Sorafenib, an oral small molecule kinase inhibitor that inhibits C-RAF, BRAF, RET, c-KIT, PDGF-R, and VEGFR 1-3, was approved by FDA in November 2013 for the treatment of patients with metastatic DTC based on the data from the phase III DECISION study.2,3Based on the SELECT study, the FDA approved lenvatinib for patients with radioactive iodine-refractory progressive DTC, which makes this agent the second FDA approved TKI for this disease.48Both the SELECT and DECISION studies have demonstrated improved PFS compared with placebo groups, as well as significant toxicities as evidenced by the frequent dose modifications and interruptions (TABLE 1). Although no definitive conclusion can be drawn from interstudy comparison, the efficacy data from these two studies suggested a significantly higher PFS and response rate (RR) of lenvatinib. Quality of life was evaluated in the DECISION study, and a slight decrease of QoL was reported at the 2013 annual meeting of the American Thyroid Association.49Unfortunately, no QoL data are available in the SELECT study. Nevertheless, the data of lenvatinib-related toxicity suggest that treatment should only be offered to patients with clinically significant disease.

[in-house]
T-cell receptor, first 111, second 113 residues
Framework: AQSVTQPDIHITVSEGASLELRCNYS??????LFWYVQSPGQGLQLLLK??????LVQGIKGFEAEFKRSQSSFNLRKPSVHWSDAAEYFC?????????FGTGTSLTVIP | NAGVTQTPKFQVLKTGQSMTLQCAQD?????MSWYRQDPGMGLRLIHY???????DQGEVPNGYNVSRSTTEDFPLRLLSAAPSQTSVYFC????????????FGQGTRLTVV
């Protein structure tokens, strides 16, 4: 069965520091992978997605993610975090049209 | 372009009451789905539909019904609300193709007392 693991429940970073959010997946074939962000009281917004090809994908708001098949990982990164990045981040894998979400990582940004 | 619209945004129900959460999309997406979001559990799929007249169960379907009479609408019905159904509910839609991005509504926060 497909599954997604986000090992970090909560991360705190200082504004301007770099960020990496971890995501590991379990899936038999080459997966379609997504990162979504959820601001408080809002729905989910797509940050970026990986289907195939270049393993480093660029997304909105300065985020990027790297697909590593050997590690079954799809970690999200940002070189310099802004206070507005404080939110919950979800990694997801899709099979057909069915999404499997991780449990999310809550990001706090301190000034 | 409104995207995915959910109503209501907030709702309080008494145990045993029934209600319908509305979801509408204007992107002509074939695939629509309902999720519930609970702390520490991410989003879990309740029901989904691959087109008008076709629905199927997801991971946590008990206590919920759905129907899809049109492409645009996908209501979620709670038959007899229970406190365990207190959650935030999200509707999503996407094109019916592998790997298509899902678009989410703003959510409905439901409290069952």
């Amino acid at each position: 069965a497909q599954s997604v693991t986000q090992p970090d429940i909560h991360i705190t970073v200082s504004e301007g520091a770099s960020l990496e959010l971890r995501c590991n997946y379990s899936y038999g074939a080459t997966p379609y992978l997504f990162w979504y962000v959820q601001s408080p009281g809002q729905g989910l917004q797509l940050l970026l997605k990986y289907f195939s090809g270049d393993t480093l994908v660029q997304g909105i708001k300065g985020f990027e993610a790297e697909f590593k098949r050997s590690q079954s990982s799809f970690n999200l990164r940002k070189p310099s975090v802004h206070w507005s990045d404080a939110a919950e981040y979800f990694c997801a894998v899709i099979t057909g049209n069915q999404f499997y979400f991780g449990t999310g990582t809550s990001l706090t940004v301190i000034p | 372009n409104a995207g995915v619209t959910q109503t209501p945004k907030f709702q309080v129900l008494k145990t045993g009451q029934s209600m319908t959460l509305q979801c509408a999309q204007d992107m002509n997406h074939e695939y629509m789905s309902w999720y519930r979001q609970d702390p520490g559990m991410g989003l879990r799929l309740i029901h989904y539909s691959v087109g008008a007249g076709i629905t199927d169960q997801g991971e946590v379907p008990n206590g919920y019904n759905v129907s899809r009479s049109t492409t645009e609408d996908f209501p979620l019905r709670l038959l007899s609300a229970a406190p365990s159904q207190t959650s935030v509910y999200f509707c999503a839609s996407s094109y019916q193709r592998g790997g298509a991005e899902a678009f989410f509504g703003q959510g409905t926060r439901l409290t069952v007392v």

Table 1. Efficacy of Lenvatinib and Sorafenib in DTC

PFS indicates progression-free survival; OS, overall survival; RR, relative risk; TKI, tyrosine kinase inhibitor; VEGF, vascular endothelial growth factor.


The TKI lenvatinib targets multiple kinases, including VEGFR with low IC.50It has demonstrated marked antitumor activity in radioactive iodine-refractory DTC, with impressive improvement across all efficacy parameters in comparison with placebo. Lenvatinib has also demonstrated activities in patients who had previously received VEGFR targeting agents. It appears to be significantly more active than sorafenib; however, both are associated with frequent treatment-related toxicities leading to dose interruption and reduction. Quality of life data of lenvatinib are lacking, although a slight reduction of QoL associated with sorafenib has been reported in patients with thyroid cancer. Thus, the decision of when to initiate treatment for this group of patients must be made carefully, and treatment should be reserved for patients with clinically significant disease, such as those with substantial disease burden, rapidly growing disease or symptomatic disease, to preserve QoL. Although inhibition of angiogenesis has achieved significant success in the treatment of this disease, treatment options for patients whose disease no longer responds to VEGF targeting agents remain to be investigated.